When most people rent a hotel room, security is one of the factors they take into consideration. Along with knowing whether the hotel has room service, air conditioning, or free Wi-Fi, we want to know that we – and our belongings – will be safe for the duration of our stay. The more reputable the hotel brand and the better the location, the more secure we feel.
But what if you found out the lock system that secures your $400-a-night hotel room is vulnerable and can be hacked? What if an attacker could not only access your room, but every room in the building?
It sounds scary, but that’s the scenario F-Secure researchers discovered when they investigated a widely deployed hospitality lock system made by the world’s largest lock manufacturer, Assa Abloy. The discovery affects millions of locks in tens of thousands of hotels around the world, including locations run by well-known international chains.
Years ago, two of our ethical hackers attended an infosec conference in Berlin. The laptop of a fellow researcher was stolen from a locked hotel room while they were out. Intriguingly, there were no signs of forced entry. They reported the theft to hotel staff. But without a single indication of unauthorized room access (nothing physical and nothing in the software logs), the staff dismissed the complaint.
Our researchers’ curiosity was piqued. They decided to investigate whether it’s possible to enter a locked hotel room without the key…and completely without a trace. Finally, after more than a decade and thousands of hours of on-and-off research as a side project, they’ve figured out how to do exactly that.
Their target: a high caliber brand of lock known for quality and security.
“You can imagine what a malicious person could do with the power to enter any hotel room, with a master key created basically out of thin air,” says Tomi Tuominen, Practice Leader at F-Secure Cyber Security Services. He worked side by side with F-Secure’s Timo Hirvonen, Senior Security Consultant, to devise a way to exploit the software system, known as Vision by VingCard.
First an attacker needs to get access to an electronic key to the target facility. Literally any key will suffice, be it a room key or a key to a storage closet or garage. What’s more, the key need not be currently active: even an expired key from a stay five years ago will work.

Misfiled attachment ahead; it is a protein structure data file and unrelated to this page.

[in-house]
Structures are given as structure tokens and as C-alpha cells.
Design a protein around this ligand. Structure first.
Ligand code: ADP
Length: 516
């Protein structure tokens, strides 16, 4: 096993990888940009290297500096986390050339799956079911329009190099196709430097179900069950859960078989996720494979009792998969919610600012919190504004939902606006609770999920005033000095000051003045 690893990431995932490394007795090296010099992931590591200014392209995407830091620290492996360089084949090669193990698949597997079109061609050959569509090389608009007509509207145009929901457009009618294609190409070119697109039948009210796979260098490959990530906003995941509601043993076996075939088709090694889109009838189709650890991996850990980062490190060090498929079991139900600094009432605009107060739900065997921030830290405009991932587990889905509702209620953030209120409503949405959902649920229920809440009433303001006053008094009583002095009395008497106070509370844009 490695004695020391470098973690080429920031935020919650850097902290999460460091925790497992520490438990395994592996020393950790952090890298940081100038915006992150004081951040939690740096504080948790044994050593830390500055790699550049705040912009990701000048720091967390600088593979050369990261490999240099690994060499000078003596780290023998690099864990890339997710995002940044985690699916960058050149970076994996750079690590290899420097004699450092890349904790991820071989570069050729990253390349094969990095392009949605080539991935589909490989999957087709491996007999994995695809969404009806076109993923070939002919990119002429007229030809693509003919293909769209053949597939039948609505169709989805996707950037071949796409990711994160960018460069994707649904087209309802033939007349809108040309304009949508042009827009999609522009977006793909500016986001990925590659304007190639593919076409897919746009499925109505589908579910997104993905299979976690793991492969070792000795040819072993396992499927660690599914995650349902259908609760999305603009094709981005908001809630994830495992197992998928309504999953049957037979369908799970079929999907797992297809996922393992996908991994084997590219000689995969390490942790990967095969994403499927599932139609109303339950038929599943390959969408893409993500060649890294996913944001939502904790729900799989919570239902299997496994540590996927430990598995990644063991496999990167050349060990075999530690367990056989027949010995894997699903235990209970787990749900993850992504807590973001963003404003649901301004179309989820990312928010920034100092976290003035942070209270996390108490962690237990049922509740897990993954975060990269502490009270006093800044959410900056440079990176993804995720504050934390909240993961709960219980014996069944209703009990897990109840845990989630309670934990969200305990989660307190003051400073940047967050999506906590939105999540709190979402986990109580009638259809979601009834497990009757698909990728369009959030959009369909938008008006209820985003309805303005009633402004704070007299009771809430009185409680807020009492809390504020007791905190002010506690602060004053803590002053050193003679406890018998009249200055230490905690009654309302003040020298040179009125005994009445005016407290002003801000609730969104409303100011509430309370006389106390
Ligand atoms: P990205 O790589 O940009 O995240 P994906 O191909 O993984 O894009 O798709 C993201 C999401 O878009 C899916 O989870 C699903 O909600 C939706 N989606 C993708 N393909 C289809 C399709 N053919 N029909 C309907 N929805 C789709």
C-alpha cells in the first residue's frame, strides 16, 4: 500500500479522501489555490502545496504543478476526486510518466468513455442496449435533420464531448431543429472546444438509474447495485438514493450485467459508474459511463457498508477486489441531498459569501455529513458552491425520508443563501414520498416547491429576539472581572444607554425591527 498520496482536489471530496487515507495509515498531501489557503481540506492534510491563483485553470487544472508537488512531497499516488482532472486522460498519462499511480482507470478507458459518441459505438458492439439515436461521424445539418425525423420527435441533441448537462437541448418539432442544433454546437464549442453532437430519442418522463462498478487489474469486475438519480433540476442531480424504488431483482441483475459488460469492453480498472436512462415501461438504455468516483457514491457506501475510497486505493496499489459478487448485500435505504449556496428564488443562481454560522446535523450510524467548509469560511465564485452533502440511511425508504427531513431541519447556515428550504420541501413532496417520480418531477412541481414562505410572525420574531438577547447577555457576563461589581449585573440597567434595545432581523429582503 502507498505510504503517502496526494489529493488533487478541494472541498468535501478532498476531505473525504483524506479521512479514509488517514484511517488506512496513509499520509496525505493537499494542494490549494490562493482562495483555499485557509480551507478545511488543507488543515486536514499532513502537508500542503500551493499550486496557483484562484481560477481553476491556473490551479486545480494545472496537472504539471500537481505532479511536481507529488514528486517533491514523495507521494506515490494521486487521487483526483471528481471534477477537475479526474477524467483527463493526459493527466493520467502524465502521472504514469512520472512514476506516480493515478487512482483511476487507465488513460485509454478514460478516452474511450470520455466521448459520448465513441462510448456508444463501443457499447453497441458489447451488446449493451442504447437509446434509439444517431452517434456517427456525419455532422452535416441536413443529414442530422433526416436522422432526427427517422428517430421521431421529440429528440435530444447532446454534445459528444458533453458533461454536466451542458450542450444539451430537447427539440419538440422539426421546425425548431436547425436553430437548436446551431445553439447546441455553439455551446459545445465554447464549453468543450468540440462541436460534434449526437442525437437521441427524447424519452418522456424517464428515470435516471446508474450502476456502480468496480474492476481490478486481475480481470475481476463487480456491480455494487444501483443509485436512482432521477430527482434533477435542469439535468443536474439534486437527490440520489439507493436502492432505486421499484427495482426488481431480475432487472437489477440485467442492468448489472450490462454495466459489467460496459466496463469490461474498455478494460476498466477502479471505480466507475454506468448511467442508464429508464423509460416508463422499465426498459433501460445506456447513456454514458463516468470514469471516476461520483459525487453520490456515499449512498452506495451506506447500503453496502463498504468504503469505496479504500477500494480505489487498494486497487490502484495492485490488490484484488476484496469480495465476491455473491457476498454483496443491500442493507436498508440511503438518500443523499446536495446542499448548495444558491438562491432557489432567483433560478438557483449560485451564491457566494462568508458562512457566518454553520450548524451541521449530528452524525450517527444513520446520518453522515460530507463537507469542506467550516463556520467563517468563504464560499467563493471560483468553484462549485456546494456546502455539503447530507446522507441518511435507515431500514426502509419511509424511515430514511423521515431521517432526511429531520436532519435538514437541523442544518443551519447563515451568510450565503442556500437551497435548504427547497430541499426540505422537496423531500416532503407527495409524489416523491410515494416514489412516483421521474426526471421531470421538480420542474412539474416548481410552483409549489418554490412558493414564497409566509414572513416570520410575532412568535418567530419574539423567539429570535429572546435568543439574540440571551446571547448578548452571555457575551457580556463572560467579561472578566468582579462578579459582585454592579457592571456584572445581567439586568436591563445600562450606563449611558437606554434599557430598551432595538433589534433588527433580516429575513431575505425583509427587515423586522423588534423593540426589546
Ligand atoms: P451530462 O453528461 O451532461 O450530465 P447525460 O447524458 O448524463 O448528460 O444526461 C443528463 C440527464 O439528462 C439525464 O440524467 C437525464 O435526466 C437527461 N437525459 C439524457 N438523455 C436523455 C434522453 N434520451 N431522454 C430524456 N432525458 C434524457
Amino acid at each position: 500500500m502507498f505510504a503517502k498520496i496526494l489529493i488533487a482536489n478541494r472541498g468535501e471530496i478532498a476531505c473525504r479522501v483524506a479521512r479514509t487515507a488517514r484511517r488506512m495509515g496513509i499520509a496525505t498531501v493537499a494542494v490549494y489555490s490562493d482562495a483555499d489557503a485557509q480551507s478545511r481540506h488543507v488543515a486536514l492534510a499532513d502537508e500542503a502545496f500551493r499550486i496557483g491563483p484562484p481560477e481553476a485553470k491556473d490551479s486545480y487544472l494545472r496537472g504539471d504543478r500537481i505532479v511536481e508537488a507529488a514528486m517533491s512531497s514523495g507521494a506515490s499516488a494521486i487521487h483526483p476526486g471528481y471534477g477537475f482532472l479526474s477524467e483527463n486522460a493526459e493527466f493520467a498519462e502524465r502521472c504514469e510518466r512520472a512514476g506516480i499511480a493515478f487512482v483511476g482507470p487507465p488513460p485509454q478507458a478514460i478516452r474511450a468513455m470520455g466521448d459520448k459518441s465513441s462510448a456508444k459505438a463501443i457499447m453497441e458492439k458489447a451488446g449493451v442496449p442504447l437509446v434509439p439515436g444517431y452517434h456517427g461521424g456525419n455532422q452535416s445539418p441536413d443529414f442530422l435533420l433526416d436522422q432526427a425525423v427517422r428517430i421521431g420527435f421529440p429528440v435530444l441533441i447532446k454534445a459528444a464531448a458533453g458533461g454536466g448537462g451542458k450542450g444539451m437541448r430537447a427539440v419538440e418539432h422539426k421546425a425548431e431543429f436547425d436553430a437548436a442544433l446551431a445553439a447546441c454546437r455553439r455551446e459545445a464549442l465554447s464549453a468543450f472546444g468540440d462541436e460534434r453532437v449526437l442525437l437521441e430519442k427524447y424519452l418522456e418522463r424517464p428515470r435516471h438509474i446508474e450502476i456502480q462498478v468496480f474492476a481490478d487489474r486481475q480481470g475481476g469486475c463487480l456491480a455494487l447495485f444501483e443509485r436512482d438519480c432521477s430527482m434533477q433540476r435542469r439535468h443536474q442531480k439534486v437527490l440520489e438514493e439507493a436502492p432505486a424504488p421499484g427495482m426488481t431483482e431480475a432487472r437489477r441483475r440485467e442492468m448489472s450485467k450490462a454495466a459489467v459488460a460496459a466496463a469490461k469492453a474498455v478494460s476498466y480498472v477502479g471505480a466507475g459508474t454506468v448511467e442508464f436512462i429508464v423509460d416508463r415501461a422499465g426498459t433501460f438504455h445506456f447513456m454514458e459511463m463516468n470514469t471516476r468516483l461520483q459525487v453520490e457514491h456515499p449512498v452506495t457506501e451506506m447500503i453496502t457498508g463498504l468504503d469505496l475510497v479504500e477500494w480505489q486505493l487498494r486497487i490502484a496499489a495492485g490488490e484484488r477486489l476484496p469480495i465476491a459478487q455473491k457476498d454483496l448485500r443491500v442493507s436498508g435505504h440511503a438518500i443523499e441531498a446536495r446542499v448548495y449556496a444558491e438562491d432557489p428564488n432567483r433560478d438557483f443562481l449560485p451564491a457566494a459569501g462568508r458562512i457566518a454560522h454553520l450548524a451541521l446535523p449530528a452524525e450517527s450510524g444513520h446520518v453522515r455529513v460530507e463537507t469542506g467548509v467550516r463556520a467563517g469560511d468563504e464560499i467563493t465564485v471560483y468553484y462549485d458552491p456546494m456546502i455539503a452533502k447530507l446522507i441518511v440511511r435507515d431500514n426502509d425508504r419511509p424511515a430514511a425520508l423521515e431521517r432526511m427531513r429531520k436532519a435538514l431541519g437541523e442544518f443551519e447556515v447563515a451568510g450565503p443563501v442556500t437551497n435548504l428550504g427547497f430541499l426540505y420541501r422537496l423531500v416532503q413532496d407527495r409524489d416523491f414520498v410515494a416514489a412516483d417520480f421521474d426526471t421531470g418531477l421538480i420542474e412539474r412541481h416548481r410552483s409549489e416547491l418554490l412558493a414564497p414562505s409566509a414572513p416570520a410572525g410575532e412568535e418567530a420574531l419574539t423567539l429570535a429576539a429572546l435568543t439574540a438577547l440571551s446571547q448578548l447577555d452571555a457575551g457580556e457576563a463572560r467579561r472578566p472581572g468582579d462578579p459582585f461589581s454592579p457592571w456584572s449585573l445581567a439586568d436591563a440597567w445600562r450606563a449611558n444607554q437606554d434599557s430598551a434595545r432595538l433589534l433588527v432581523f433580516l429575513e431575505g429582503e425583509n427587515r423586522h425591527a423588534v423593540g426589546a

An attacker will read the key and use a small hardware device to derive more keys to the facility. These derived keys can be tested against any lock in the same building. Within minutes the device is able to generate a master key to the facility. The device can then be used instead of a key to bypass any lock in the facility, or alternatively, to overwrite an existing key with the newly created master key.
The needed hardware is available online for a few hundred euros. However, it is the custom software developed by Tomi and Timo that makes the attack possible.
“Building a secure access control system is very difficult because there are so many things you need to get right,” says Timo “Only after we thoroughly understood how the whole system was designed were we able to identify seemingly innocuous shortcomings. We creatively combined these shortcomings to come up with a method for creating master keys.”
In addition, during their research Tomi and Timo found that the Vision software could be exploited within the same network to get access to sensitive customer data.
Tomi and Timo notified Assa Abloy of their findings in April 2017, and since then, have worked with the lockmaker’s R&D team to fix the flaws. Assa Abloy recently issued a software update and made it available to the affected hotels.
“Because of Assa Abloy’s diligence and willingness to address the problems identified by our research, the hospitality world is now a safer place,” says Tomi. “We urge any establishment using this software to apply the update as soon as possible.”
The duo will not be publishing full attack details, nor will they make any attack tools available. To date, they are not aware of any cases of this same attack being carried out in the wild.
Hospitality is a target industry in the infosec battleground. So what precautions should travelers take to protect themselves against these kinds of attacks when renting a room?
“My recommendation is that people should continue doing the things they hopefully are already doing,” says Timo. “That means don’t leave any valuables in your hotel room and use the door chain when you’re in the room or going to bed. If you haven’t been doing these things already, now might be a good time to start.”
Find out more from Tomi and Timo on the Cyber Security Sauna podcast.
Twitter urged all 336 million of its members to change their passwords in early May…
May 21, 2018